5 Things Merck & Co., Inc. Wants You to Know

By Sean WilliamsFool.com

Image source: Merck.

It's been roughly two weeks since global pharmaceutical giant Merck reported its third-quarter results and topped Wall Street's expectations, giving Wall Street and investors time to digest the reported results.

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For the quarter, Merck announced global sales of $10.1 billion, a 5% decline from the prior-year quarter. Excluding negative currency effects from the stronger U.S. dollar, acquisitions, and divestments, Merck's worldwide sales actually grew by 4%. Adjusted EPS for the drugmaking giant came in at $0.96, a modest jump from the $0.90 recorded in Q3 2014. Comparatively, Merck's adjusted EPS came in $0.04 higher than expectations, and the company boosted its full-year guidance to a fresh range of $3.55 to $3.60 per share.

Five things Merck's management wants you to know Based on the headlines, it was a great quarter for Merck. But, as long-term investors, we understand that headline numbers and a few paragraphs in a quarterly report only give us a limited look at the health of a company's business model. If we want the complete picture on Merck, we need to be willing to analyze what its management team had to say during its third-quarter conference call.

With this in mind, here are the five most important points you'll want to know following Merck's Q3 results. Quotes are courtesy of S&P Capital IQ.

We're a lean, mean, cost-cutting machine

The past couple of years have been tough on almost every major drug developer as patent expirations have hammered established drug portfolios, including Merck's. Merck's growth has suffered with loss of patent protection on blockbuster asthma attack prevention therapy Singulair, which came off patent in 2012.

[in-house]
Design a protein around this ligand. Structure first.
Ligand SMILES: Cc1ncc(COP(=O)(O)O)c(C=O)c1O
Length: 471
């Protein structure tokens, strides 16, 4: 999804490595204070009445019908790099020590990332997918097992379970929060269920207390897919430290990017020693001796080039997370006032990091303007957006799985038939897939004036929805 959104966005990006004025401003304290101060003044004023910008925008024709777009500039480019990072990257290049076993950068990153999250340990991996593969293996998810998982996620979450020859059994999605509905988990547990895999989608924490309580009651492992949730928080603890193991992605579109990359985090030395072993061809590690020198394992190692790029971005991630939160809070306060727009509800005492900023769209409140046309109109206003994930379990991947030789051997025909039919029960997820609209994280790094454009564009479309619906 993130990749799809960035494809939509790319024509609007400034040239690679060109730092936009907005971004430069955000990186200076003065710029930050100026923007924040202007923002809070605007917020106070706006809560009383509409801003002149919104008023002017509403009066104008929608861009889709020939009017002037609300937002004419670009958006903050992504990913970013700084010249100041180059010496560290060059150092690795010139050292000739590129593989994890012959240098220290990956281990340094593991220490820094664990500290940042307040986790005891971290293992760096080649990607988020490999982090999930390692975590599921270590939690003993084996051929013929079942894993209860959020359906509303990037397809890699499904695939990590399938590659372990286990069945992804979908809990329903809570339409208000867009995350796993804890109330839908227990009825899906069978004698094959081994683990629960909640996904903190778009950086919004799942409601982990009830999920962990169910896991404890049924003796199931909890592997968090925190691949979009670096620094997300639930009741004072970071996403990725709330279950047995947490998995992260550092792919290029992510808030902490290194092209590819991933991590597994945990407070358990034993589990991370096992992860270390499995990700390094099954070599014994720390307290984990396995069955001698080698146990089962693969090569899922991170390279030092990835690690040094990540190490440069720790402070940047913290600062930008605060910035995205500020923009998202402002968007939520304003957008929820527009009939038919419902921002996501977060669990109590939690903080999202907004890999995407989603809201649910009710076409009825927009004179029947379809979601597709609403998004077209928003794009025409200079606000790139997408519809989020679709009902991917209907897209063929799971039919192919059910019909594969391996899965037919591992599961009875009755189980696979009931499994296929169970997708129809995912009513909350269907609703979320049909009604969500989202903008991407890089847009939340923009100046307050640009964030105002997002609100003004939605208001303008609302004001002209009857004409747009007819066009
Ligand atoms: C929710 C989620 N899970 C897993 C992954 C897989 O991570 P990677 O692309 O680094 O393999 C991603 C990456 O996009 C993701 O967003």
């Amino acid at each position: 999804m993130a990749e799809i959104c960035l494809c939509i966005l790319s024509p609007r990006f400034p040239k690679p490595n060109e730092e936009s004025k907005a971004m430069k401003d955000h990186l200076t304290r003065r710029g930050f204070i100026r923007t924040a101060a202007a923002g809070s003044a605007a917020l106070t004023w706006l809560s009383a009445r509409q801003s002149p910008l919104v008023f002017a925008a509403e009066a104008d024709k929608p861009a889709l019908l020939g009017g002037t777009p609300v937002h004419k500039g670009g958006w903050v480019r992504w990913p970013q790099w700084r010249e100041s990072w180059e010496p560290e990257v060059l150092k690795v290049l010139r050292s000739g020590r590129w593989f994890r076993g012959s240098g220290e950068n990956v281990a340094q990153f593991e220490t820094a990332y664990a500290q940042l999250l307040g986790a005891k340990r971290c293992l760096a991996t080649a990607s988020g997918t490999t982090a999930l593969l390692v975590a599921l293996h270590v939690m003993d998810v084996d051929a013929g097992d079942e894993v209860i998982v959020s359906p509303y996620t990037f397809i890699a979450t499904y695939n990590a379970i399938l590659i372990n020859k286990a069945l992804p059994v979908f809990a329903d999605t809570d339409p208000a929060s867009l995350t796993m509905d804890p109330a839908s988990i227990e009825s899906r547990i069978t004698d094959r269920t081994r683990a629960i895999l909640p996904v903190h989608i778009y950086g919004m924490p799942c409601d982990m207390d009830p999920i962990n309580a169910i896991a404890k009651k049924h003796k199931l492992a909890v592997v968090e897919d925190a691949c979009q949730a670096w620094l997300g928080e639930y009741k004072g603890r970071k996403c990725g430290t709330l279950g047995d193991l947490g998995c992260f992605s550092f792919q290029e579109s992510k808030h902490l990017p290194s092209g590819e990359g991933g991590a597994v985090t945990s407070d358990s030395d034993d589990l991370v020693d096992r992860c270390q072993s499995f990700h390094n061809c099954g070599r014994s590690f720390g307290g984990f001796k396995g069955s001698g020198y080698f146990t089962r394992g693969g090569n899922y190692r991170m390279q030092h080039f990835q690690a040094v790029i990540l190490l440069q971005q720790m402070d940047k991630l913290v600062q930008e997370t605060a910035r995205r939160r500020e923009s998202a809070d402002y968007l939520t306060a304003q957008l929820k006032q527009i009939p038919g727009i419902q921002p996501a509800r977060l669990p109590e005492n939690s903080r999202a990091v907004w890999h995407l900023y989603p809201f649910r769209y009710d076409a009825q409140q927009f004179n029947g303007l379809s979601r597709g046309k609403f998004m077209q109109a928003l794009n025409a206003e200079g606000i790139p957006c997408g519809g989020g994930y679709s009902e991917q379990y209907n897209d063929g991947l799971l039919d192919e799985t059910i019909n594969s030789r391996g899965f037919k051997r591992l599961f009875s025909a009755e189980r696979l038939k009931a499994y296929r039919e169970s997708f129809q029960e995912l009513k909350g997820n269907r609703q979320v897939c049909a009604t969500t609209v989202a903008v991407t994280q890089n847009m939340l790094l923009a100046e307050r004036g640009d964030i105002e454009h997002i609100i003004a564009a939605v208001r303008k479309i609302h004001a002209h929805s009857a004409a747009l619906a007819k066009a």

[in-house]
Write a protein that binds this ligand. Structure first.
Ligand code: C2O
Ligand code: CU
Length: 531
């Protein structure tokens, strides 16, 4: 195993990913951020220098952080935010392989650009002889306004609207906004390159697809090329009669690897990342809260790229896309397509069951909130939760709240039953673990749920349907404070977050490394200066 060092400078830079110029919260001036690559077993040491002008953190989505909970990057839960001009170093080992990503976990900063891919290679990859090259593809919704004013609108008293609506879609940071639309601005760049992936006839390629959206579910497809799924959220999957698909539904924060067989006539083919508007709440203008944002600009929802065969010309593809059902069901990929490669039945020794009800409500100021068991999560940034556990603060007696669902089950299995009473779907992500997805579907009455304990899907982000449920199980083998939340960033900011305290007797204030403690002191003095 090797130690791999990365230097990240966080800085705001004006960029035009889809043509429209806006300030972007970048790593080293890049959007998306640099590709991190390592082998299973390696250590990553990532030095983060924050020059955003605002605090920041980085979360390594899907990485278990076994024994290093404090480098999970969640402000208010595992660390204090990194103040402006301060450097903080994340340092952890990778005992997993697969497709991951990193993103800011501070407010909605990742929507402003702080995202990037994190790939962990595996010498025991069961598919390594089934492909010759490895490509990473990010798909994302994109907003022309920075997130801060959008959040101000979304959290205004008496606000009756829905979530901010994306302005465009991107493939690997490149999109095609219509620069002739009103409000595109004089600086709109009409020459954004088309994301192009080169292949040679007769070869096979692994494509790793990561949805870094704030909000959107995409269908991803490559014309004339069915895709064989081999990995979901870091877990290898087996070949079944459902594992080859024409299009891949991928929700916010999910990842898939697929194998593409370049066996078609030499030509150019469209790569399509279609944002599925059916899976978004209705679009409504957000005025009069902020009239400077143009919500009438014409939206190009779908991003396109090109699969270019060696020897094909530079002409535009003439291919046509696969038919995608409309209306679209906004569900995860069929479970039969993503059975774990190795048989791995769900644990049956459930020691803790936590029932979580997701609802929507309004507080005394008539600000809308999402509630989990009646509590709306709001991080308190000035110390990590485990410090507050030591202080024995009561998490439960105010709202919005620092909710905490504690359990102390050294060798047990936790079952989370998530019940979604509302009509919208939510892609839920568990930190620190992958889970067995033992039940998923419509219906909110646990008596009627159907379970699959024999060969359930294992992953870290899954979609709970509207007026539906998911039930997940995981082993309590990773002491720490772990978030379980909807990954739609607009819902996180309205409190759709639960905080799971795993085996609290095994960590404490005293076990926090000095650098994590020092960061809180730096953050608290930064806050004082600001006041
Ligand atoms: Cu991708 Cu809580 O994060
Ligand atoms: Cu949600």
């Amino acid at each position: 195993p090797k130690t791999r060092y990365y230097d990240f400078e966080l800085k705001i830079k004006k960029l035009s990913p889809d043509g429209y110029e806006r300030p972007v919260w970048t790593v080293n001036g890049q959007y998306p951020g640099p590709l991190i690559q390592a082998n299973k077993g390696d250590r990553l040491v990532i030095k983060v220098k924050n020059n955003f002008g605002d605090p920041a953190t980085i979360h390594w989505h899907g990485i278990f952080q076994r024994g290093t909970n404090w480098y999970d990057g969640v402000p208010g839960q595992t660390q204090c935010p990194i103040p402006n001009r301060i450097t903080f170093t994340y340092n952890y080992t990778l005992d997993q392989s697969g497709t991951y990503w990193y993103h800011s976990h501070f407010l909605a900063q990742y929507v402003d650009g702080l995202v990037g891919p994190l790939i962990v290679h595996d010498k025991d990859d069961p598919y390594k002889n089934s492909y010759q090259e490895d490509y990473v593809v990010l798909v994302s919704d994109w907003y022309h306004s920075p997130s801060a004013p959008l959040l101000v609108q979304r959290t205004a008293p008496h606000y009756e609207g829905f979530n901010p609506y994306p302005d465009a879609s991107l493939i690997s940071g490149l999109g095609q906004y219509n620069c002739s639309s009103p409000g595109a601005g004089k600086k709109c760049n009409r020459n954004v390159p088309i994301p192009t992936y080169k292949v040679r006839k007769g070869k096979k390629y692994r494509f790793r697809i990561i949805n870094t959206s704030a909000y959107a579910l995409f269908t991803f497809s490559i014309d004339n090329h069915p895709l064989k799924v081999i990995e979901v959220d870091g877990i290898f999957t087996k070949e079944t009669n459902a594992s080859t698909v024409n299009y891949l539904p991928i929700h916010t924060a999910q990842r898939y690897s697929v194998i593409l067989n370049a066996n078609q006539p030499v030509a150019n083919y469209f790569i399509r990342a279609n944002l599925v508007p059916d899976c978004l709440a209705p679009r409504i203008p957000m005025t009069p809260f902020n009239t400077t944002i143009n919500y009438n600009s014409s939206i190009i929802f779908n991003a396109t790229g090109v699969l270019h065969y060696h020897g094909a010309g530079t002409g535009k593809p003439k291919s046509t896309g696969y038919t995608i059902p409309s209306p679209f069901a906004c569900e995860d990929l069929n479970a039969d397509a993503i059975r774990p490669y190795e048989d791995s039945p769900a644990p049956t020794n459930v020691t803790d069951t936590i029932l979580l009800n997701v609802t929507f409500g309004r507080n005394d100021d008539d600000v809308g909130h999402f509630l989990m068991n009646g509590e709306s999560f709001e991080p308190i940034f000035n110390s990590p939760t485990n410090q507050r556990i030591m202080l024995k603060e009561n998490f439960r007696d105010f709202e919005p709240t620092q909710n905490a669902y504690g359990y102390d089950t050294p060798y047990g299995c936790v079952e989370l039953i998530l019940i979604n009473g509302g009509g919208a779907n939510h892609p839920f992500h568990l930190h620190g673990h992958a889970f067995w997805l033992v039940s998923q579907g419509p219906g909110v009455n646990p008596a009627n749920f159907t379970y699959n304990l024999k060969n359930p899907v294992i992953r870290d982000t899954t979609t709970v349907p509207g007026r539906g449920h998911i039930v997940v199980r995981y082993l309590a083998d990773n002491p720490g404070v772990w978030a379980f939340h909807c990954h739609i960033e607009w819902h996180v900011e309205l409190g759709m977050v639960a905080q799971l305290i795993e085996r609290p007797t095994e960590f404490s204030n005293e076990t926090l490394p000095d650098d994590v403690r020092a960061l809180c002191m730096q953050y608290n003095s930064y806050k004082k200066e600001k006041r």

Image source: Pictures of Money via Flickr.

In response to a challenging growth environment, Merck has been reining in its spending. In October 2013 Merck announced plans to cut 8,500 jobs (more than 10% of its global workforce), and $2.5 billion in overall spending. It said it would end late-stage research that didn't look promising and divulged that it planned to license out certain products. Based on commentary from its CFO, the company is on its way to achieving its cost-cutting goal by the end of the year.

Although cost-cutting isn't a long-term strategy to growth, it was the right solution at the time to the patent cliff problem. This proactive cost-cutting has buoyed Merck's EPS and helped stabilize its stock during a potentially volatile time.

What SGLT-2 effect?

There's little denying that Wall Street and investors have raked Merck's type 2 diabetes juggernaut Januvia over the coals in recent quarters. The introduction of next-generation type 2 diabetes therapies known as SGLT-2 inhibitors have some on Wall Street questioning whether Januvia could find its market share shrinking in the coming quarters or not.